Politicians condemn murder of N. Ireland policeman
Politicians on all sides in Northern Ireland have insisted the killing of a Catholic policeman will not be allowed to derail the peace process, as the province gears up for elections.
Ronan Kerr, 25, and who completed his training only three weeks ago, was killed Saturday by the booby-trap under his car outside his home in Omagh, the scene of Northern Ireland's worst terror atrocity.
Responsibility for the attack has not yet been claimed. However, senior politicians pointed towards dissident republicans, who oppose the power-sharing peace process.
The victim is only the second member of the Police Service of Northern Ireland (PSNI) to be killed since it succeeded the Royal Ulster Constabulary in 2001 as part of the peace process.
Since the PSNI was formed, growing numbers of Catholics have signed up. While mainstream republicans such as Sinn Fein -- the largest Catholic party -- support it, dissidents see it as an arm of the British state.
Northern Ireland First Minister Peter Robinson, of the Protestant-backed Democratic Unionist Party, said Saturday's murder was a "Neanderthal" attempt to scare Catholics off from joining the province's police service.
Deputy First Minister Martin McGuinness, of Sinn Fein, said the perpetrators had "betrayed" the Catholic community and "set themselves against the will of the people of Ireland."
"While those behind this act seek to promote division and conflict let us state clearly -- they will fail. The process of peace building will continue."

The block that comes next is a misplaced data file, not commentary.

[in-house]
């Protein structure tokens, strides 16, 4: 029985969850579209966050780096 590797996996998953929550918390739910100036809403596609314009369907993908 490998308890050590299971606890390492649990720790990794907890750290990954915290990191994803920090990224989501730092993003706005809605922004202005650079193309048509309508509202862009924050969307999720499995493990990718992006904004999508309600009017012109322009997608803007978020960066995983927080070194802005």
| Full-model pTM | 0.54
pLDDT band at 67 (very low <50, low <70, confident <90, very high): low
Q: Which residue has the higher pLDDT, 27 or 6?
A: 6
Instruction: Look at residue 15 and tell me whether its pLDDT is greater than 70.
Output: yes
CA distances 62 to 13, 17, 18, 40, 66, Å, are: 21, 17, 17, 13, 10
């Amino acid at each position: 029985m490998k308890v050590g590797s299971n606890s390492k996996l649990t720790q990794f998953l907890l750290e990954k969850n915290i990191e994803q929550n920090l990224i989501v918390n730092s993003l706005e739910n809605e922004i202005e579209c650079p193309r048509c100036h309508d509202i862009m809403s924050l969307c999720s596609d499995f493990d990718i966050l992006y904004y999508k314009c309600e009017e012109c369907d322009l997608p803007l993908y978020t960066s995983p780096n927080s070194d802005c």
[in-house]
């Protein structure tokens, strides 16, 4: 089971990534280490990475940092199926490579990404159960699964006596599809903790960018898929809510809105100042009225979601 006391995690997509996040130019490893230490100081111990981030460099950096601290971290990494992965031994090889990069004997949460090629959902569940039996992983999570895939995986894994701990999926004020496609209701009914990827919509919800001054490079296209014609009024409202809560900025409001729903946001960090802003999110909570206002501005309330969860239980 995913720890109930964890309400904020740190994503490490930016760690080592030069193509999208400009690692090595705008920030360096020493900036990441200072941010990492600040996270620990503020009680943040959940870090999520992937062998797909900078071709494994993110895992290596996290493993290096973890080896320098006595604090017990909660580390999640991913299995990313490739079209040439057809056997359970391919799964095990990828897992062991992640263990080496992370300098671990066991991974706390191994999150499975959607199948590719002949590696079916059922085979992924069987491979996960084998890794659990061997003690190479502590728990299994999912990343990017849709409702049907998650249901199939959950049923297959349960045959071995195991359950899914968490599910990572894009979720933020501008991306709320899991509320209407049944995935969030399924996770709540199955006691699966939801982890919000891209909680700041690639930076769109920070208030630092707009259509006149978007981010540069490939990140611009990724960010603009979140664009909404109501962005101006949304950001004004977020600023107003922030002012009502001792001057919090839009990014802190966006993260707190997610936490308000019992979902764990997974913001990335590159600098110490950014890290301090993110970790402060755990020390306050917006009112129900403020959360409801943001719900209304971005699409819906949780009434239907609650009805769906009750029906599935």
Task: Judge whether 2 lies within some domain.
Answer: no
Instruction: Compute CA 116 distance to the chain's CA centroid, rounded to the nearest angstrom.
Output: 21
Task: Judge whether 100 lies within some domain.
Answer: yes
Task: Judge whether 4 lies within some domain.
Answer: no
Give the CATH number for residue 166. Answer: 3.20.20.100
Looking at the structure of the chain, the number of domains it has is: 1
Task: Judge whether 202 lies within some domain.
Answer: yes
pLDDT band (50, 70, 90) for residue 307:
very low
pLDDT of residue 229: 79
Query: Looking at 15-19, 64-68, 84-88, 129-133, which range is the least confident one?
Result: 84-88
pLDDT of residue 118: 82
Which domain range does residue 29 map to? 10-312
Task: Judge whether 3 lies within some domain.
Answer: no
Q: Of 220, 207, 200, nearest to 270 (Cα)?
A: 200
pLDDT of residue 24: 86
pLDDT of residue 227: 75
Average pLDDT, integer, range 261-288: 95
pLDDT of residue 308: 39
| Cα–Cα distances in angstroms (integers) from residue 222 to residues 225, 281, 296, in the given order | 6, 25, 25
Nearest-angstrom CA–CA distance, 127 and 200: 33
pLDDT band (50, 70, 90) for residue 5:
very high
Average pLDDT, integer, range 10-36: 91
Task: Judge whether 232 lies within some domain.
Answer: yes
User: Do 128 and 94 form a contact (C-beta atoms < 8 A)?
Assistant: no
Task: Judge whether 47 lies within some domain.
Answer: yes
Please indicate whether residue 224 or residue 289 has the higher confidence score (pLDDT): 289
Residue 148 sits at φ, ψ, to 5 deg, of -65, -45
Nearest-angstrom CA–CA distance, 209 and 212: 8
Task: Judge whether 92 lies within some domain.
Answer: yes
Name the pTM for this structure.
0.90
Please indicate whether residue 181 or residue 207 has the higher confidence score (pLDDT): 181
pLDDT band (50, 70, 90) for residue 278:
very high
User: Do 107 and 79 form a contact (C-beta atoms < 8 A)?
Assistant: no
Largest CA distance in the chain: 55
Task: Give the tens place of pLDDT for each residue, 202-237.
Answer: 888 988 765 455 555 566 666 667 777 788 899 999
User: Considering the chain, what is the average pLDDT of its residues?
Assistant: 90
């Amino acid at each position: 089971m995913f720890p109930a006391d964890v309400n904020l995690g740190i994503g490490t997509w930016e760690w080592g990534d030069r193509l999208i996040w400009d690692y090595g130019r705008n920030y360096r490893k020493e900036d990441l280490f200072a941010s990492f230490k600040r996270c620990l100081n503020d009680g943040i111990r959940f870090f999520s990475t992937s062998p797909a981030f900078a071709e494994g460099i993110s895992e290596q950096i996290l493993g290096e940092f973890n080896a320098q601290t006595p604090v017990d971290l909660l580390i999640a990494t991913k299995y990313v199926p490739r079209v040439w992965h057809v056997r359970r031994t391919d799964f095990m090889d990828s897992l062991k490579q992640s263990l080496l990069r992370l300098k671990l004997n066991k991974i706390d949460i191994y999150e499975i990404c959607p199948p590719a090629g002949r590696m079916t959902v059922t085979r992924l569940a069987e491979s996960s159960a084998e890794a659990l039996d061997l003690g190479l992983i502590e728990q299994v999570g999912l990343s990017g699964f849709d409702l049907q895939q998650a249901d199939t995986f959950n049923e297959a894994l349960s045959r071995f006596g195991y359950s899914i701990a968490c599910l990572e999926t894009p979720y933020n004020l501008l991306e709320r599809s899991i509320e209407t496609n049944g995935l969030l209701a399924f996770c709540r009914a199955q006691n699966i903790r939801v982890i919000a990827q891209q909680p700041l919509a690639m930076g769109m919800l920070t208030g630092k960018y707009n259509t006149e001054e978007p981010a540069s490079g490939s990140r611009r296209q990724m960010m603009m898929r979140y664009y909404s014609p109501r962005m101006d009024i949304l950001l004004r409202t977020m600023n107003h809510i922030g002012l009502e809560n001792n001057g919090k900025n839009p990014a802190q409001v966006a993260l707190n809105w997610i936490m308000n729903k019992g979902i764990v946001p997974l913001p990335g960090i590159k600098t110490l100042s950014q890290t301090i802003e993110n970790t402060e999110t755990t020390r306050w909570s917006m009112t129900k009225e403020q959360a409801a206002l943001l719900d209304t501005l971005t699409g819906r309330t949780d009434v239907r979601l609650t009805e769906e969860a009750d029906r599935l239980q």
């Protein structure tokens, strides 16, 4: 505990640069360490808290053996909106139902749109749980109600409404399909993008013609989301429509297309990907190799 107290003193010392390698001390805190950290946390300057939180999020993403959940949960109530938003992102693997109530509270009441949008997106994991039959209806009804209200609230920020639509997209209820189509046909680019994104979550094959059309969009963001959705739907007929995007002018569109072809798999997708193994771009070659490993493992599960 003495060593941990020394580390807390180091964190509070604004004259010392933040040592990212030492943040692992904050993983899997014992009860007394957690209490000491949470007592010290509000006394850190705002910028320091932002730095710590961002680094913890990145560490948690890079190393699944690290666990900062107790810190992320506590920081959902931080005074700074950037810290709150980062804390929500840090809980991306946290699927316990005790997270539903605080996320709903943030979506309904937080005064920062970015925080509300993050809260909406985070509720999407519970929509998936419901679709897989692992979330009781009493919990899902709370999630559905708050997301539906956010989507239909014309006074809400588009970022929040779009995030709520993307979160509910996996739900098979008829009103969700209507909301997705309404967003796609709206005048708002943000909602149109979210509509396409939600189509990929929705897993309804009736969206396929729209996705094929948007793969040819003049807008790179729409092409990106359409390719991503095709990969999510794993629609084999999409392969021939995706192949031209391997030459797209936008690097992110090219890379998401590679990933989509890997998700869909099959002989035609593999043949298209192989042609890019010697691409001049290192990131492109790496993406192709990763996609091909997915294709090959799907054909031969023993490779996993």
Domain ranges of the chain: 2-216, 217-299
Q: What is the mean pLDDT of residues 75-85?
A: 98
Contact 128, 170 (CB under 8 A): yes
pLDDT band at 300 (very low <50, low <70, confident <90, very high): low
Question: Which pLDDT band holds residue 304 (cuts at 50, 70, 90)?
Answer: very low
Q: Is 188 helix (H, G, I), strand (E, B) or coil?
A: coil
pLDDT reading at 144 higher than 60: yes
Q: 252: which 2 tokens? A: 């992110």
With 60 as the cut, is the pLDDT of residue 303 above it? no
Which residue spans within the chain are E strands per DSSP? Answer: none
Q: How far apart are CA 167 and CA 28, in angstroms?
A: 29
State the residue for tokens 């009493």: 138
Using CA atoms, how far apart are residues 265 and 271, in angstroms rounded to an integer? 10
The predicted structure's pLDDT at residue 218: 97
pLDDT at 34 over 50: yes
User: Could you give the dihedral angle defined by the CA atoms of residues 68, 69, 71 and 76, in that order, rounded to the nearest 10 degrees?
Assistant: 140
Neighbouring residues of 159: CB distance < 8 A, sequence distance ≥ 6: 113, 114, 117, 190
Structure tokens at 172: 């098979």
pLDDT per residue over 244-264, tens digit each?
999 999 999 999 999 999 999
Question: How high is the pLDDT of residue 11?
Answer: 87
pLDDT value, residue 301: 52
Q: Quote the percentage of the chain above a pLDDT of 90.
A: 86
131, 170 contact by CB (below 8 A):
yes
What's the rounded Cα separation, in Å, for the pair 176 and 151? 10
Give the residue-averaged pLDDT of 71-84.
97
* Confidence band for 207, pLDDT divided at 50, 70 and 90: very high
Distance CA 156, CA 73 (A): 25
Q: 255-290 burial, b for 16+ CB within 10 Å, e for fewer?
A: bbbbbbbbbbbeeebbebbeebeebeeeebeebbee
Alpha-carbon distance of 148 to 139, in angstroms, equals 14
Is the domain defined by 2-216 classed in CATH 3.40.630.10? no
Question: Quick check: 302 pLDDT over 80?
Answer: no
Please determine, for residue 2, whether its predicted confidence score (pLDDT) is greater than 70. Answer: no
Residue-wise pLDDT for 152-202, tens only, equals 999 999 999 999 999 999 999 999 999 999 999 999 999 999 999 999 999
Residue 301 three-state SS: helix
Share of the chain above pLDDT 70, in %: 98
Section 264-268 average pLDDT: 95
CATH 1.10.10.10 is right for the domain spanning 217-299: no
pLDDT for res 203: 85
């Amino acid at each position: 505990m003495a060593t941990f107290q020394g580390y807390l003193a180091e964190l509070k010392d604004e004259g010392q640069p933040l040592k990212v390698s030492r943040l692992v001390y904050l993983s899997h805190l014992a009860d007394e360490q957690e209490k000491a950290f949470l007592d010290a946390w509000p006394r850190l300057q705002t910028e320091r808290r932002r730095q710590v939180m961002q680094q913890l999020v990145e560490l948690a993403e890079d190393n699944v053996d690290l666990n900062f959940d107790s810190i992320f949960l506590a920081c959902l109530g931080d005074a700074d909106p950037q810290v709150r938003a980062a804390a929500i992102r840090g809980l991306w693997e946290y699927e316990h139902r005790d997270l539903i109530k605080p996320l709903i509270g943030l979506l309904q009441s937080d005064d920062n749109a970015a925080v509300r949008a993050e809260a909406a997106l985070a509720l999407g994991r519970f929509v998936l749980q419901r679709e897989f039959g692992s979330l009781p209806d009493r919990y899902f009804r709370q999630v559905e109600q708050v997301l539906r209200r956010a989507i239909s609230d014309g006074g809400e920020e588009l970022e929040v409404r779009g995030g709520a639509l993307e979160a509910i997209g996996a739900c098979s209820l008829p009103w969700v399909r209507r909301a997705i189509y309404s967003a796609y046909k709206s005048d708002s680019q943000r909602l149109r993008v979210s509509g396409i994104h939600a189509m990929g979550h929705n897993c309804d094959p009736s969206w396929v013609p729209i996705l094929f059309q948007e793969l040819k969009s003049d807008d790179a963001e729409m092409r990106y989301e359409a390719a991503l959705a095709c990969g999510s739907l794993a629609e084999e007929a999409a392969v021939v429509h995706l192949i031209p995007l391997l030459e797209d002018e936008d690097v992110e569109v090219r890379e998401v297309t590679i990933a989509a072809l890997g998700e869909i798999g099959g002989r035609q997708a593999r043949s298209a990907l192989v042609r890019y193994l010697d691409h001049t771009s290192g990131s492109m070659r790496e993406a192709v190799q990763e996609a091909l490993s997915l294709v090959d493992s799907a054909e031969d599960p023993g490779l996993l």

The attack comes after the Northern Ireland Assembly dissolved last week ahead of elections to be held on May 5.
It was the first time that the devolved, power-sharing administration -- a keystone in the peace process -- had completed a full four-year term.
Meanwhile the timing, target and location of Saturday's attack all bear significance.
Omagh was the scene of the deadliest attack of the Troubles, the three decades of sectarian violence between Protestants and Catholics which was largely ended by the April 1998 peace accords.
The Real Irish Republican Army splinter group killed 29 people, including a pregnant woman, and wounded around 200 others in the August 1998 attack.
British Prime Minister David Cameron said he utterly condemned Saturday's murder.
"Those who carried out this wicked and cowardly crime will never succeed in dragging Northern Ireland back to a dark and bloody past," he said in a statement.
"Their actions are rejected by the overwhelming majority of people right from all parts of the community."
Northern Ireland's people "have said time and again they want a peaceful, shared future," he added.
US Secretary of State Hillary Clinton whose husband, former president Bill Clinton, helped facilitate negotiations that led to the "Good Friday" peace agreement in 1998 said the murder was a "cowardly act."
At Omagh police station, PSNI Chief Constable Matt Baggott described Kerr as a "modern-day hero" who had joined the service to serve the community impartially.
"Tragedy has returned to Omagh. I have no words to describe the awfulness of the events and my abhorrence and anger at this wasted life."
The threat level for terrorism related to Northern Ireland, set by Britain's interior ministry, is at "severe" in the province, the second-highest of five levels, indicating that an attack is considered highly likely.
More than 3,500 people died in the Troubles between Catholics who largely wanted the province to become part of the Republic of Ireland and Protestants who generally want to stay within the United Kingdom.
© 2011 AFP